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Quick Fixes Won't Cure Malaysia's Ills (Int'l Edition)

International -- Readers Report


While the jury is still out on what kind of person Anwar Ibrahim really is, the problems here in Malaysia are political inertia, the worsening of public discontent, and the increasing number of bailouts of undeserving but politically connected companies ("The feud," Asian Cover Story, Nov. 9). Real reforms are nonexistent, and suppression of the public is increasingly felt. As a Malaysian, I honestly could not care less about Anwar. I am more worried about my country taking quick fixes in a global recession that could last for years.

Frank Ng

Kuala LumpurReturn to top


I wish to put some facts straight concerning a letter from M. Bakri Musa (Readers Report, Nov. 30). In today's corporate world, there is no rule that, when there is a disagreement between the chief executive and the No. 2, it is the latter who should go. If there is a stalemate, it is up to the shareholders to decide. In the feud between Mahathir and Anwar, the voters should be given the chance to voice their opinion, not only at the ballot box but also through the media and open forums.

Second, the West admires Anwar's tolerance and liberal views, unlike Mahathir, who has been putting out anti-Western rhetoric since he came to power in 1981. Mahathir has also made anti-Jewish remarks, targeting the Jewish currency traders on Wall Street. He blames everyone for Malaysia's economic turmoil except himself. Is this a leader whom the West should admire?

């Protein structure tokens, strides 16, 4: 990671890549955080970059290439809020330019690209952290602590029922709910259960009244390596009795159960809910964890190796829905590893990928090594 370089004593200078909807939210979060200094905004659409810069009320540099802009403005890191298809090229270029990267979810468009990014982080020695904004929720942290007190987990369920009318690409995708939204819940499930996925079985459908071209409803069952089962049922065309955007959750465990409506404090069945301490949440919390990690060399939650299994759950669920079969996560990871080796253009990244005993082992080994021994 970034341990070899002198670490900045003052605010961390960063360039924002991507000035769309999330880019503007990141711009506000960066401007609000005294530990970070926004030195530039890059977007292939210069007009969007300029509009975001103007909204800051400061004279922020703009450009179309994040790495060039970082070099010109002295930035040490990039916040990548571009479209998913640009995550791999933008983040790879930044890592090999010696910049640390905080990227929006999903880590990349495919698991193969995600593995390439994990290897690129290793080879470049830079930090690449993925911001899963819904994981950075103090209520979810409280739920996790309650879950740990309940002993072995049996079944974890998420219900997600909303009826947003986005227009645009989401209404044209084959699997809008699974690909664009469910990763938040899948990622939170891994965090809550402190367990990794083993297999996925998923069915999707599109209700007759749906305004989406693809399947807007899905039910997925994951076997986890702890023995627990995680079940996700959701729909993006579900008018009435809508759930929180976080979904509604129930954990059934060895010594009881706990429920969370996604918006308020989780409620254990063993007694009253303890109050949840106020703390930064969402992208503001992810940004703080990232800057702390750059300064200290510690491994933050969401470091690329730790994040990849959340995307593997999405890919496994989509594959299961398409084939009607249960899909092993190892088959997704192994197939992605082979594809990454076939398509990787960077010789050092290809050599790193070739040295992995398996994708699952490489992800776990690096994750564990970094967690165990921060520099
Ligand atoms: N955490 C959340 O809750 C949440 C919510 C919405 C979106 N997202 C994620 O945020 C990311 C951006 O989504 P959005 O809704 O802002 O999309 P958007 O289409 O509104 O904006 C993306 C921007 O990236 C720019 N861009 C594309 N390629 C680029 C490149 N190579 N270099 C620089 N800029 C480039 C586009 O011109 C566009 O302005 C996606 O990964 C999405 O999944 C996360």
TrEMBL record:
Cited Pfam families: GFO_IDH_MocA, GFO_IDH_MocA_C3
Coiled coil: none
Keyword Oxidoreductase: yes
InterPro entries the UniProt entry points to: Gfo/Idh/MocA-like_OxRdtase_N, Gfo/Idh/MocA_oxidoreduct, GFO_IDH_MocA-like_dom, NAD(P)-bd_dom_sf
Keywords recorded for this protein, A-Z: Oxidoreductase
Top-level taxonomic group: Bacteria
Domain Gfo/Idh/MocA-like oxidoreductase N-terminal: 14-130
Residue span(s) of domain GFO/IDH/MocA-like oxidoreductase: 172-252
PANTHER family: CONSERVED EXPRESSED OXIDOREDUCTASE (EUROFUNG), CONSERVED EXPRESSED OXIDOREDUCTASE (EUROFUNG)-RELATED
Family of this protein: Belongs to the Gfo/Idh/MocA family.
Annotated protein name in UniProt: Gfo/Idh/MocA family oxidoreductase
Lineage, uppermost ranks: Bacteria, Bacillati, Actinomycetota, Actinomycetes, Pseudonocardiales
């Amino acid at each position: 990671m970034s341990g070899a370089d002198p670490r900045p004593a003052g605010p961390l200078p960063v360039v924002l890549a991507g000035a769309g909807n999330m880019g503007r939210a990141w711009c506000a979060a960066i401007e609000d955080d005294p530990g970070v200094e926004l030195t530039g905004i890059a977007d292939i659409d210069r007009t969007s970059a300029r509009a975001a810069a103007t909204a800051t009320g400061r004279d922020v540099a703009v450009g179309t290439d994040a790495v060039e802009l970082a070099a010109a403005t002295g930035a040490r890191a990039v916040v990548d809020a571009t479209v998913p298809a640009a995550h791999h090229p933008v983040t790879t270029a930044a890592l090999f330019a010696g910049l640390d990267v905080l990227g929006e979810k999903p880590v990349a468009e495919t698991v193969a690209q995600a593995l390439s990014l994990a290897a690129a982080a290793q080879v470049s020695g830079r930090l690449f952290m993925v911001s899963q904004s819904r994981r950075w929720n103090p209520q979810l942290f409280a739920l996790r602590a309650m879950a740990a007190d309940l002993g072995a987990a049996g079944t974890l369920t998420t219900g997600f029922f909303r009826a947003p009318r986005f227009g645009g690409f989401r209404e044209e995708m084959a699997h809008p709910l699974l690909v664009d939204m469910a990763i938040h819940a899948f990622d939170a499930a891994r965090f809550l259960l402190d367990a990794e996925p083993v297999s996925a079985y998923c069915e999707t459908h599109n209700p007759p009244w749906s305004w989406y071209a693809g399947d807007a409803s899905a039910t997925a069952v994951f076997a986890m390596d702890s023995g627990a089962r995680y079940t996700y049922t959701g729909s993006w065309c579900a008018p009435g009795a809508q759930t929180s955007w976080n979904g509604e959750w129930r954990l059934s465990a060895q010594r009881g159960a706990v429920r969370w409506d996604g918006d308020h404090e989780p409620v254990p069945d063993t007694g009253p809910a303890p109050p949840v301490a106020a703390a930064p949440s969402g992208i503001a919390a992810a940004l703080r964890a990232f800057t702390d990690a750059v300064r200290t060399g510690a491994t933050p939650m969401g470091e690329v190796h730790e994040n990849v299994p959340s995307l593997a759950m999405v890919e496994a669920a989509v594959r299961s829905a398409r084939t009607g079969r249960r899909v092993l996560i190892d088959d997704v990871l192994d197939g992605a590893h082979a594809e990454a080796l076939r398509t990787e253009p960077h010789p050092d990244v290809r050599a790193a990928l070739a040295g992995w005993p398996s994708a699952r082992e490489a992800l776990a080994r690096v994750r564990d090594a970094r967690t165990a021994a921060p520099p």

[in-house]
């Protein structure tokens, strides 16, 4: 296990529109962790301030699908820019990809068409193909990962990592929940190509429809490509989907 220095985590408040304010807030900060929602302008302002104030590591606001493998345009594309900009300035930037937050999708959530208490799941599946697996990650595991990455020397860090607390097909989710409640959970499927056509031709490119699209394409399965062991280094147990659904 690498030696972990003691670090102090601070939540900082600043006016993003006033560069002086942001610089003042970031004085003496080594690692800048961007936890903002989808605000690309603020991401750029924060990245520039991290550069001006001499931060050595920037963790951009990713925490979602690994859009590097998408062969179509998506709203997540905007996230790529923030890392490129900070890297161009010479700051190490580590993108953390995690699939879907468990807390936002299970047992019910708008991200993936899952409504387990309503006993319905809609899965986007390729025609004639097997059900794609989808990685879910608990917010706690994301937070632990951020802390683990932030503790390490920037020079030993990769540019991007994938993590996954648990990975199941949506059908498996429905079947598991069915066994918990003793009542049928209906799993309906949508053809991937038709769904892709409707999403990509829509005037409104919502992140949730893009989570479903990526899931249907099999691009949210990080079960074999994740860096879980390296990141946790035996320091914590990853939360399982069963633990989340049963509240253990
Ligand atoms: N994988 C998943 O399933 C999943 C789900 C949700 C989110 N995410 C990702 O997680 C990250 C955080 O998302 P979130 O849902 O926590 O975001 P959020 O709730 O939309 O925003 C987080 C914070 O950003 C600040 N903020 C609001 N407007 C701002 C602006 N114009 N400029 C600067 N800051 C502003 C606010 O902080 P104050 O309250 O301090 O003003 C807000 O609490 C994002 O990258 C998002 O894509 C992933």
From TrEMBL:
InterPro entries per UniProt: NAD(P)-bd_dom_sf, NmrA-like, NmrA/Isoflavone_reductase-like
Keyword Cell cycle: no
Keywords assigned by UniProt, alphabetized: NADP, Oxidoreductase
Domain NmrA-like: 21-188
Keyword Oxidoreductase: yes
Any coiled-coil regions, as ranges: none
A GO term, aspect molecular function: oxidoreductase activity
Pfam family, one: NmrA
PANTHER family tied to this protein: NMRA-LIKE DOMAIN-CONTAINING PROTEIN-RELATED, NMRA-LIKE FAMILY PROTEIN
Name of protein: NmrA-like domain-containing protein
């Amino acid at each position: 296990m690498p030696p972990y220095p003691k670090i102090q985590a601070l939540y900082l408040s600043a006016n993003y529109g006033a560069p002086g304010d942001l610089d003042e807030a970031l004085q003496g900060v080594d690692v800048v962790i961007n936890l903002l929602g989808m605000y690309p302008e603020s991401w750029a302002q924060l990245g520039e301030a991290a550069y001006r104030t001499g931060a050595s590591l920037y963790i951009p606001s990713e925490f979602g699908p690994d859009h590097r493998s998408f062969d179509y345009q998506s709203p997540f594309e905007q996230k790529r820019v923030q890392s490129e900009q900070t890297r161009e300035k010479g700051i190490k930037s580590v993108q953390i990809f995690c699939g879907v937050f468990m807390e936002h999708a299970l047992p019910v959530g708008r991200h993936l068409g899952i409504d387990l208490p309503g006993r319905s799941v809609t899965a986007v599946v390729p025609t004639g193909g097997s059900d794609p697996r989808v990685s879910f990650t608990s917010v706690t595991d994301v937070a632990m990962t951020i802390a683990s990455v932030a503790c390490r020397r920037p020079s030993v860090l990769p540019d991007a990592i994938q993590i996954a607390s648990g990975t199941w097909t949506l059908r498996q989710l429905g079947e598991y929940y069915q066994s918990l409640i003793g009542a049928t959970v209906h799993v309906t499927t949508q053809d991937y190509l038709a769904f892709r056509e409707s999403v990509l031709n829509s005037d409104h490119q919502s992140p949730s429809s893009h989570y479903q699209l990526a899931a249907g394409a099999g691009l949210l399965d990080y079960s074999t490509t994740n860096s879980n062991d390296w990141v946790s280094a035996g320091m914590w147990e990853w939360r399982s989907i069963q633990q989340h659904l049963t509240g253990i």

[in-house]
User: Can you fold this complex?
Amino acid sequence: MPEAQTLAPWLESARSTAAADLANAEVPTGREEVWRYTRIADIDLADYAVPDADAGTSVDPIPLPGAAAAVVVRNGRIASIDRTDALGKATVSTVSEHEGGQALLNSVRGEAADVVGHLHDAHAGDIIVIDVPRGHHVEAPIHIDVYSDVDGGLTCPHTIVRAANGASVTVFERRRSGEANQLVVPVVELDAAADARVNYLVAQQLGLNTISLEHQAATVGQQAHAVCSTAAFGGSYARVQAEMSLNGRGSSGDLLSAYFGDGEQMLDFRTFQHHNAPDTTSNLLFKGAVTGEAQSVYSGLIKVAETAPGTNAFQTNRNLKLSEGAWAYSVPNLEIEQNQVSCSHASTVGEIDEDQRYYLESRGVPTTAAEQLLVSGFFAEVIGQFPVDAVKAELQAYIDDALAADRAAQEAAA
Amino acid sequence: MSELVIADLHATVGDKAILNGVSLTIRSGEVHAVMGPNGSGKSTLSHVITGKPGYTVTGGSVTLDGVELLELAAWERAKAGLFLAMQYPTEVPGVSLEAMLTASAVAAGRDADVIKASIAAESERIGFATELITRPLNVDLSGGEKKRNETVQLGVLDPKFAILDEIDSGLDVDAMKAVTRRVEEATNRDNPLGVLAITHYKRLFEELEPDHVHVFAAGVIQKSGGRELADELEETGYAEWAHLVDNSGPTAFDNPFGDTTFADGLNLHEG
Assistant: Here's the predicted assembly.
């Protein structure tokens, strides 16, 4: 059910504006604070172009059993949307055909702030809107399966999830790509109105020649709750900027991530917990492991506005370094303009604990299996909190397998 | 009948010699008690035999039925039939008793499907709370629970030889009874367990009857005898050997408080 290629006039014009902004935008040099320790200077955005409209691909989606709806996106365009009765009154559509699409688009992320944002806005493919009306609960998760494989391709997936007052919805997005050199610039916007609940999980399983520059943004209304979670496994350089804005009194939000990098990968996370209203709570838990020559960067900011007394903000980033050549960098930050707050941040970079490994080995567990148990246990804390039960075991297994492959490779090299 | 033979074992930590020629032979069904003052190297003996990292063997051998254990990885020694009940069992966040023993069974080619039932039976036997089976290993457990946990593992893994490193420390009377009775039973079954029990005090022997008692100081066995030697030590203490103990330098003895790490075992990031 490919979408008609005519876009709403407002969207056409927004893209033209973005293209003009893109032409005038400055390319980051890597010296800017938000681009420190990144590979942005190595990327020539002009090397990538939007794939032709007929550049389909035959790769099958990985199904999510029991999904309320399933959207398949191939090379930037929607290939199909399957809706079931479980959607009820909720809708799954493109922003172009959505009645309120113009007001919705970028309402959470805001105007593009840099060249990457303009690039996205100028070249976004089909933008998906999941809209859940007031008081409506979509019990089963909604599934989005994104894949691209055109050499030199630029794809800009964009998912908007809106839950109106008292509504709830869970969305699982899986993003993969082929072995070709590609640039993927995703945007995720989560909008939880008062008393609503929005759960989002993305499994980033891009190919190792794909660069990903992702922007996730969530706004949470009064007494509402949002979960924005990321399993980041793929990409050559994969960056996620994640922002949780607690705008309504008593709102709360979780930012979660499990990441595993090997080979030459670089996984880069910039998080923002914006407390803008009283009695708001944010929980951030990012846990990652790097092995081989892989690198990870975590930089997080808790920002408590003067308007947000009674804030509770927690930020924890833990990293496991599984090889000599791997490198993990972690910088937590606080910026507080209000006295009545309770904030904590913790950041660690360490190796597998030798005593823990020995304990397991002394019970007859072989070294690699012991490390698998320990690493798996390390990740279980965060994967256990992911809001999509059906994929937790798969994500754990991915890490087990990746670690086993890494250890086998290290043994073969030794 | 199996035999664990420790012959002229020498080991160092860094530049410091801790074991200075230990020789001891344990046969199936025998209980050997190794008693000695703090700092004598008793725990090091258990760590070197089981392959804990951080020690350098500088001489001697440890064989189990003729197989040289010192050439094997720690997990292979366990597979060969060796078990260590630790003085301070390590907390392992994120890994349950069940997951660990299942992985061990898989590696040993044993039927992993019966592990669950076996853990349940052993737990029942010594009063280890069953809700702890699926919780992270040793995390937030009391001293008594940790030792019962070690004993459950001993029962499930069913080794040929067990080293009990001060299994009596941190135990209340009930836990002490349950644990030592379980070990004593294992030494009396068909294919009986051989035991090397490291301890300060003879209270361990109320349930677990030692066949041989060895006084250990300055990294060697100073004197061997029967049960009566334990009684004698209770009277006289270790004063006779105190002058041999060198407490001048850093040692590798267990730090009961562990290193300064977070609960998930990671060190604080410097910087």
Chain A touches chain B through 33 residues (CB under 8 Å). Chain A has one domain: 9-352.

Third, the accusation that Anwar's vision of Islam is of the Iranian variety is absurd. Has he ever condoned terrorism? Has he passed fatwas on dissenting voices? Anwar has promoted moderate Islamic views; he tried to promote Islamic studies to the non-Muslims at the same time as he promoted Confucianism to the Muslims. Finally, Anwar issued a directive to all federal agencies and state governments in early 1977 not to entertain any tender application from his family.

Zafer Hashim

LondonReturn to top


I congratulate you on the most informed article I have ever read by an American on this subject: Jeffrey E. Garten's "`Cultural imperialism' is no joke" (Economic Viewpoint, Nov. 30). We touchy Canadians--citizens of the Invisible Country--long ago gave up expecting Americans to abandon the fantasy that the whole world revolves around America.

I hope somebody in the White House is listening. If not, they will one day find that steamrollering other people's cultures in their own countries will--by provoking cultural, political, and economic backlash--cost the U.S. more than the profits of 1,000 movies peddling mind-numbing violence in the name of free trade.

Keith Spicer


Garten states that "America's lifestyle and ideas...are often destabilizing abroad." The contrary is happening: U.S. TV channels abroad (from CNN to Nickelodeon) carry a wealth of free information. For many countries, this coming generation will be the most educated ever (and I don't mean only in the formal schoolbook sense). Dictatorships can't flourish for any length of time in countries with high levels of education.

What's more, producers of national culture who have seen the successful U.S. model have improved themselves. Veja, in Brazil, is the fifth-largest weekly in the world. Los Fabulosos Cadillacs, from Argentina, was named foreign group of the year by MTV. There are more examples. After being involved with Latin America for 17 years, I have seen more personal freedom flow from the wealth of information.

Marcelo Salup

MiamiReturn to top

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